One of the most common pieces of advice about startups is...
The idea doesn’t matter. It’s all about execution.
When founders ponder this statement, they often translate it into “ideas are a dime a dozen” or “ignore competition.” What is often difficult to fully grasp - until you’ve lived it - is how many different ways there are to execute (well or poorly) any single idea.
Blake Byrnes is a partner of mine at Switchyards. Whenever we get into a product conversation with a new founder, he often tells his “hot air balloon” story. He asks the founder to think about the wireframes of the first version of their unbuilt product as a single path that he has chosen with the destination being the solution of a problem for his customers.
For example, if the founder has a dating app, when they mocked-up the product and got ready to build it, they chose a path (even if they aren't aware of it). Given the exact same dating app idea, a dozen other founders would have chosen a dozen different paths (or ways to turn that app into reality).
It’s easy to imagine that customer problems are solved in only one way, but, if you were in a hot air balloon above the founder, you’d see hundreds of other paths to solve the problem. In other words, this could be a real opportunity to build something great for customers, but your startup could fail simply because of the decisions you made in building (or executing) your product.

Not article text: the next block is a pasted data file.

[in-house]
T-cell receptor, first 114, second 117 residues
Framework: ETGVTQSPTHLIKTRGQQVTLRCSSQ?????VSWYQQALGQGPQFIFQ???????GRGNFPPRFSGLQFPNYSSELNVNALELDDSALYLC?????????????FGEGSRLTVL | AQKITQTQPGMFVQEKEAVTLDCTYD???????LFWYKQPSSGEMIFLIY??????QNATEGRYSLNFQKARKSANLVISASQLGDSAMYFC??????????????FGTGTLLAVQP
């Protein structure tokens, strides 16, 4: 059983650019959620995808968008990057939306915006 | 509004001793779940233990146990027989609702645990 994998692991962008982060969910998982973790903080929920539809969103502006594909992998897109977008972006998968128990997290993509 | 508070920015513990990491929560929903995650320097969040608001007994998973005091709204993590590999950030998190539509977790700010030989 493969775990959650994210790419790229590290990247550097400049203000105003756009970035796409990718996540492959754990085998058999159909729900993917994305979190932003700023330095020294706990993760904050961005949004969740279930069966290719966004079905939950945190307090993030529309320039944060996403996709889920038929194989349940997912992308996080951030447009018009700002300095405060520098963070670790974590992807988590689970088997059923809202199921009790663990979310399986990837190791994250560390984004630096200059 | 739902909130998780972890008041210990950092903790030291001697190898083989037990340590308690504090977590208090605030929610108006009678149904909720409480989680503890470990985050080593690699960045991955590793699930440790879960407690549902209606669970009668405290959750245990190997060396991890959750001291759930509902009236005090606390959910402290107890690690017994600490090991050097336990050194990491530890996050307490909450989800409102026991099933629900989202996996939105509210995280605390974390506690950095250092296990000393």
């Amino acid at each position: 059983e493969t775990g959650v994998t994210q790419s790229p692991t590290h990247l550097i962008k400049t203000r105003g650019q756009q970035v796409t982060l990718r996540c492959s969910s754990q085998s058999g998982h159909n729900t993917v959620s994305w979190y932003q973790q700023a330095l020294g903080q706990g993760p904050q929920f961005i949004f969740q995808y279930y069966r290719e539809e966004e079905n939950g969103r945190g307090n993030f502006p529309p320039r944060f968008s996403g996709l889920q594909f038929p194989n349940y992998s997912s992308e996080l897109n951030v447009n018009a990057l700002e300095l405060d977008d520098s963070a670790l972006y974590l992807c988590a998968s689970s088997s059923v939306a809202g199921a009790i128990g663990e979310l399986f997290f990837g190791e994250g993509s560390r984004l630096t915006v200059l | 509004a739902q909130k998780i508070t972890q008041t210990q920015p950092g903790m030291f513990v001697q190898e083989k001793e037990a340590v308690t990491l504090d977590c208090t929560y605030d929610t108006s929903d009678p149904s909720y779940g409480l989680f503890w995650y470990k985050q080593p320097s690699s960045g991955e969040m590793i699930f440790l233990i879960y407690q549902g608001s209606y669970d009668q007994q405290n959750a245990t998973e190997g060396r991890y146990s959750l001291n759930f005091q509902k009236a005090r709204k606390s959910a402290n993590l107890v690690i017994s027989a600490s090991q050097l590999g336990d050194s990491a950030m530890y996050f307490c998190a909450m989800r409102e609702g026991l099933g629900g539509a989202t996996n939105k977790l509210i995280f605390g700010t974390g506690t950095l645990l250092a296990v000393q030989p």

When I got to minute 52:09 in this podcast, I was reminded of Blake’s story. One of the best product-focused founders that I’ve ever run across describes how startups move fast and that’s necessary to make progress. In many ways progress is simply a string of decisions by the founders. And if you are still alive, you made the right decisions!?!
When you pick a path you delete alternative roads and often forget that they even exist when things work out (also called hindsight bias). Said another way, it’s easy to look at runaway successes right now (eg Uber) and think it was obvious or guaranteed. I bet if you talked with the founders, they would say the exact opposite. They made hundreds of small decisions as they were executing their plan and other founding teams would likely have made different decisions. The sum total of all of these decisions is what you see in Uber today.
Like a startup's culture, how the founding team executes is very personal and unique.
Whenever you hear “it’s all about execution,” I’d encourage you to consider the hundreds (and even thousands) of small/medium/large decisions that teams make to get their ideas into the hands of potential customers. These month-to-month and year-to-year decisions are what ultimately results in the most amazing products that we use today.
Get Right to the Lesson
I’d recommend listening to the entire thing, but to get right to the point go to minute 52:09 of this podcast/video.
Thanks to these folks for helping us all learn faster
Des Traynor (@destraynor), co-founder of Intercom (@intercom)
This Week In Startups (@TWistartups )
Jason Calacanis (@jason)
Jacqui Deegan (@jacqKD)
Jacob Beemer (@jacobbeemer)
Please let me and others know what you think about this topic
Email me privately at firstname.lastname@example.org or let's discuss publicly at @davempayne.